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omnipollo fatamorgana galaxy edition imperial india pale ale - brewed at the twelve percent beer project, 8% abv. this is another update of the great fatamorgana, only this time they used the cutting edge galaxy hop. all kidding aside it’s been a few years since I’ve had a really great ipa with galaxy, other parts of the internet think that there’s just been a lot of bad crops of galaxy, and I guess I have no reason not to think that’s true. I guess there’s some confirmation bias there, I quit picking galaxy when I had a choice so of course I haven’t had a good one and so on... this is nice enough, it’s moderately bitter, there’s some tropical fruit and citrus, and there’s a little bit of oats in the finish, and so on. get the nelson version.

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tired hands brewing company alien church india pale ale - 7% abv. I’ve posted about this beer a few times, before the pandemic tired hands was one of the few breweries within driving distance of here that didn’t have to distribute their beer, and while I haven’t had that many of their cans the stuff I have had in draft was consistent with their reputation as one of the really elite breweries in the north east. this is part of their regular rotation, which is of course what they’re going to have to send to distribution, but IIRC this is the first time I’ve had this in cans instead of on draft. blah blah blah - this one has mosaic, columbus, cenntenial, citra, and chinook, which is pretty old school and not that different from what any number of breweries have been doing, but this is a really excellent beet and the combination of orange gummies, clementine, melon, and maybe pineapple is really superb and this has exactly the right amount of sweetnes and so on... strongly recommended.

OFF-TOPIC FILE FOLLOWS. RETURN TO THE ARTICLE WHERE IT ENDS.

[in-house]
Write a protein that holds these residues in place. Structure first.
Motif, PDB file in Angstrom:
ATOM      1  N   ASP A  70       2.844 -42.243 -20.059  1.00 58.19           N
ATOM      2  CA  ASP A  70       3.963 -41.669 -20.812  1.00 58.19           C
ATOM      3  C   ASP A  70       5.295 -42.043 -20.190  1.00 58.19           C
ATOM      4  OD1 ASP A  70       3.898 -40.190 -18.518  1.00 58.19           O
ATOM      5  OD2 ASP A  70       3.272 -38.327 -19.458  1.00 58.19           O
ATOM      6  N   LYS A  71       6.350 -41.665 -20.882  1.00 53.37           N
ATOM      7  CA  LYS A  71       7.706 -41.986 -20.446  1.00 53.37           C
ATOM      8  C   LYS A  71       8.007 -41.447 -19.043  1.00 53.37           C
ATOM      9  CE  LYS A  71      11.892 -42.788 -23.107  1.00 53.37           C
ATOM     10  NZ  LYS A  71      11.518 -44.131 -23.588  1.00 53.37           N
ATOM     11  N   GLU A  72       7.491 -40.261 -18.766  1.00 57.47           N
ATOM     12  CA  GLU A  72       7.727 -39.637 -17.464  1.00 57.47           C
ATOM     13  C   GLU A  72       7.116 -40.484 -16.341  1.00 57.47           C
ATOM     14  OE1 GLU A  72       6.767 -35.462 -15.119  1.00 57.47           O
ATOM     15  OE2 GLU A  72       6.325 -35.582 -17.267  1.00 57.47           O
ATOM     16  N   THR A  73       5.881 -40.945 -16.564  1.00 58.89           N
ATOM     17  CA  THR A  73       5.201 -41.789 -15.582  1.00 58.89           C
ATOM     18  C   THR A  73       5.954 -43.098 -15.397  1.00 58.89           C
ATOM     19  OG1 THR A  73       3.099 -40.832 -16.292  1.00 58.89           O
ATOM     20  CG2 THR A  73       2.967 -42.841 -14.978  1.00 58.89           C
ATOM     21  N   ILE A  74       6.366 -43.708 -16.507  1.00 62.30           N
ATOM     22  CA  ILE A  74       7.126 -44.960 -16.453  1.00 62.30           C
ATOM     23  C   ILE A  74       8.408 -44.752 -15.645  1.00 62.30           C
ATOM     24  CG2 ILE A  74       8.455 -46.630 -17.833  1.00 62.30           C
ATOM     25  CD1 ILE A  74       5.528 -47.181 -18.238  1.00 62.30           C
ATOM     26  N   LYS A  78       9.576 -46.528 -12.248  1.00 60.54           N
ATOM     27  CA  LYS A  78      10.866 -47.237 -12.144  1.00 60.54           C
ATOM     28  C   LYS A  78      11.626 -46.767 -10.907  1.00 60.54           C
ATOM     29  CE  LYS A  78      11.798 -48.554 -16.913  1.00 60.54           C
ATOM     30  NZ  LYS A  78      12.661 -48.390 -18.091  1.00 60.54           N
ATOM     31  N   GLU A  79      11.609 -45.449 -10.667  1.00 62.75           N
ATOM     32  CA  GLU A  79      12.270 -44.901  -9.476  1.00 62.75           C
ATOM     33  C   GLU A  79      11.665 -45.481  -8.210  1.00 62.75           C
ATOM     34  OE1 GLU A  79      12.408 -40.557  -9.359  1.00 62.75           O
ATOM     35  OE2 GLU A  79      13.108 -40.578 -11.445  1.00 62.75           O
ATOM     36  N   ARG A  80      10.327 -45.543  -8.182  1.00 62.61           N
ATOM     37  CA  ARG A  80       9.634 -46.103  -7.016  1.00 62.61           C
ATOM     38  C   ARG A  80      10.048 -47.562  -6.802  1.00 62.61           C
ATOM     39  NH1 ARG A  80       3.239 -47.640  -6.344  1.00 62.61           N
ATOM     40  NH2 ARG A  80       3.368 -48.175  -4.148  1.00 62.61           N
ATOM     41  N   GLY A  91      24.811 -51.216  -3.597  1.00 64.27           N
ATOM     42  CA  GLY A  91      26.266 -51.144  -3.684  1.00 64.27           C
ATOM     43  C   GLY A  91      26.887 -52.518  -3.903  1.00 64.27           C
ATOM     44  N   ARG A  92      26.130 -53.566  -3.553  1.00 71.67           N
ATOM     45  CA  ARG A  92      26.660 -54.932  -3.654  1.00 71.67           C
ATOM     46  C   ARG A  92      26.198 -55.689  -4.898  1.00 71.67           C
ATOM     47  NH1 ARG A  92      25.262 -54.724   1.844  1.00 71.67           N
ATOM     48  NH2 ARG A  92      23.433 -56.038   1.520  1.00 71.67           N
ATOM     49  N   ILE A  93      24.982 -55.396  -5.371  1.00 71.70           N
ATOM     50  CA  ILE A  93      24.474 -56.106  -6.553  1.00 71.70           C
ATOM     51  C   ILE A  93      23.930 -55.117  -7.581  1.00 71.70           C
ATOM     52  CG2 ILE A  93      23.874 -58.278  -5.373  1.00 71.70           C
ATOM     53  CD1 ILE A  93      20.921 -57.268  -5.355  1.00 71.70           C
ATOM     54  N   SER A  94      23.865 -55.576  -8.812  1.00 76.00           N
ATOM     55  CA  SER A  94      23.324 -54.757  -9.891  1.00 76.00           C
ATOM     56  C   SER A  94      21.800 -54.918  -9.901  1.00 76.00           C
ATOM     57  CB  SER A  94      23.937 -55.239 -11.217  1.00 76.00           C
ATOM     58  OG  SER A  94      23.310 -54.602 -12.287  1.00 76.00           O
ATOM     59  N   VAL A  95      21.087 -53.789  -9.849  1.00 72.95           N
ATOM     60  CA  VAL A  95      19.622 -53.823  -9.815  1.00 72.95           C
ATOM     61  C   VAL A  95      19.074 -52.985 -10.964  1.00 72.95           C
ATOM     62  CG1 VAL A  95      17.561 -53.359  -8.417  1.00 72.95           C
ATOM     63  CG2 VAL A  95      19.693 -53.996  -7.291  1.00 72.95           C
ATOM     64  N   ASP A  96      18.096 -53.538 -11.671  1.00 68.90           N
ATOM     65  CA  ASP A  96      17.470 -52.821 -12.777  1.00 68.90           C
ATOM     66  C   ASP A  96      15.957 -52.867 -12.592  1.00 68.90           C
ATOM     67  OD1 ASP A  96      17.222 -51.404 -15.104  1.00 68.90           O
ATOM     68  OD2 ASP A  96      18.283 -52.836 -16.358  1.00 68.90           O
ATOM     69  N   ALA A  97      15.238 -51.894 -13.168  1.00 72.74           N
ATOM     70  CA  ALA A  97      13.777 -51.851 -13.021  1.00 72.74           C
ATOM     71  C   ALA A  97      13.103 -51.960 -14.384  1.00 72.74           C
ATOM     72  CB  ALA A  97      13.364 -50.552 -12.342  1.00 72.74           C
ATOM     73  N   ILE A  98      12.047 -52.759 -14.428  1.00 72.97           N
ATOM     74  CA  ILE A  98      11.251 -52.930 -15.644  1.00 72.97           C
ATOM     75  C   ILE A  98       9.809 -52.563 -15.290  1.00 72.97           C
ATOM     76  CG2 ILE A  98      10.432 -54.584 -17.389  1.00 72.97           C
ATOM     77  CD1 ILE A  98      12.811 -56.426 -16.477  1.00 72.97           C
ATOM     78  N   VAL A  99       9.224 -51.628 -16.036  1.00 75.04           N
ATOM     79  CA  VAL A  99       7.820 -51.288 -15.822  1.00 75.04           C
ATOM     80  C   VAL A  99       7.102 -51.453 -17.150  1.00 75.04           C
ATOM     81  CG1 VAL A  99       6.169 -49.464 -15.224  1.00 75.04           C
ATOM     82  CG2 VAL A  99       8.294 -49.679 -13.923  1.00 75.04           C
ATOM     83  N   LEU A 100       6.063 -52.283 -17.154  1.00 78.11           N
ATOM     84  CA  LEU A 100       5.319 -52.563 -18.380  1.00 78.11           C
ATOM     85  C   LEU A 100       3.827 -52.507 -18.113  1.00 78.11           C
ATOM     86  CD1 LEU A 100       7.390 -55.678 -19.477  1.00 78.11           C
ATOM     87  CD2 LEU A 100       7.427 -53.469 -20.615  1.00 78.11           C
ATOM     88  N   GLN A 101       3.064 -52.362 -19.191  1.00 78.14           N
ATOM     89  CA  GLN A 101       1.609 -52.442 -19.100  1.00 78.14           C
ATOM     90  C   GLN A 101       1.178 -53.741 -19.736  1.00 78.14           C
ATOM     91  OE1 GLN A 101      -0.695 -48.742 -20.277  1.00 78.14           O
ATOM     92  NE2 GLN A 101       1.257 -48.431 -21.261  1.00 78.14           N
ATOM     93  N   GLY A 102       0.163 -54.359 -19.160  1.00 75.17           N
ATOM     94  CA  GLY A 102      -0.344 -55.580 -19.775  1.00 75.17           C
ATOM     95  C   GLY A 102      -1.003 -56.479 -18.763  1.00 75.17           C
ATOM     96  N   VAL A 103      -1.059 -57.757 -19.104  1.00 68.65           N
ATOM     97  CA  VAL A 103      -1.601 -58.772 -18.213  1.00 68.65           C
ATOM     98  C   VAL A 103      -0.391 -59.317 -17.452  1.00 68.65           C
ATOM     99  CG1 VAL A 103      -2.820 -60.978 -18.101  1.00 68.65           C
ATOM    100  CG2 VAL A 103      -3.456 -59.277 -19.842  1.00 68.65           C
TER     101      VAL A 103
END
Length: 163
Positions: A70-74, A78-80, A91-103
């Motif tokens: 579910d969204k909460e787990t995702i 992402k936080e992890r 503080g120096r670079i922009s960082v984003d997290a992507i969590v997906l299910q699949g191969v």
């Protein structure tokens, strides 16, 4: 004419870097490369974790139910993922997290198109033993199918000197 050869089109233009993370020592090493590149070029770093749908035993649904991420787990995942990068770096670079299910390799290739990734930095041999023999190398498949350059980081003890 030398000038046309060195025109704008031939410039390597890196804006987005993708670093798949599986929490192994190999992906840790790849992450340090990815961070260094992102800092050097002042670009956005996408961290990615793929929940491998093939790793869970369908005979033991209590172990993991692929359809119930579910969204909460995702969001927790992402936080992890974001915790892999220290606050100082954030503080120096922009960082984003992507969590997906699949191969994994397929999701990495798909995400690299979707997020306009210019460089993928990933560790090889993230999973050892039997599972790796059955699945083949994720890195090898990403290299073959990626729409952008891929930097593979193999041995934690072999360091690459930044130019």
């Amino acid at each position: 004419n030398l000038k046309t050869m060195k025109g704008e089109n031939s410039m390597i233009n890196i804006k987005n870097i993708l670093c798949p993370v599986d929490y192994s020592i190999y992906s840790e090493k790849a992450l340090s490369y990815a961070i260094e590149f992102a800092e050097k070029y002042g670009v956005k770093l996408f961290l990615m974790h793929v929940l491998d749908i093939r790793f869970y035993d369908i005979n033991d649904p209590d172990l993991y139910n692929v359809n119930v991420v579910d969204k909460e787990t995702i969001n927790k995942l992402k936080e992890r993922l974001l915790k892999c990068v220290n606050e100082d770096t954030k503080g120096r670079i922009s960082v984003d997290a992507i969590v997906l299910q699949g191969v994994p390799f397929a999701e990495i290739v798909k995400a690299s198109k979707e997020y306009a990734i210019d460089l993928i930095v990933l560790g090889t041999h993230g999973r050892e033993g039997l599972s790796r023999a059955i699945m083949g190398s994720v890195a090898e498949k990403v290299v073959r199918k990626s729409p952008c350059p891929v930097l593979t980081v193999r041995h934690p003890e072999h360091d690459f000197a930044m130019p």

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tired hands hop hands out american pale ale - 5.5% abv. this is tired hands flagship ale, which is kind of quaint at this point, and if I have it right it’s the one thing they make that’s always available and is probably one of their older beers. this has oats, along with simcoe, cenntenial, and amarillo, and now that I’ve had a few there’s a really nice combination of citrus and creaminess from the oats. the hop profile always tasted great, but oats/grainy notes were a little too prominent at first. the hops notes are really well done and very nuanced, there’s a nice mixture of creamsicle, pineapple, and peach, and there’s a nice hint of bitterness too. this is a really terrific example of a new hoppy beer, it must be great to have regular access to this and so on. recommended, which goes up to strongly if you can have a few.

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foam brewers think I’m in love double india pale ale - 8% abv. this is another nice one from foam - it’s all mosaic and has a soft version of the of the papaya, orange, and melon that’s sweeter than the more balanced approach I expect from foam. there’s still a lot of detail despite the sweetness, blah blah blah. foam rules. recommended.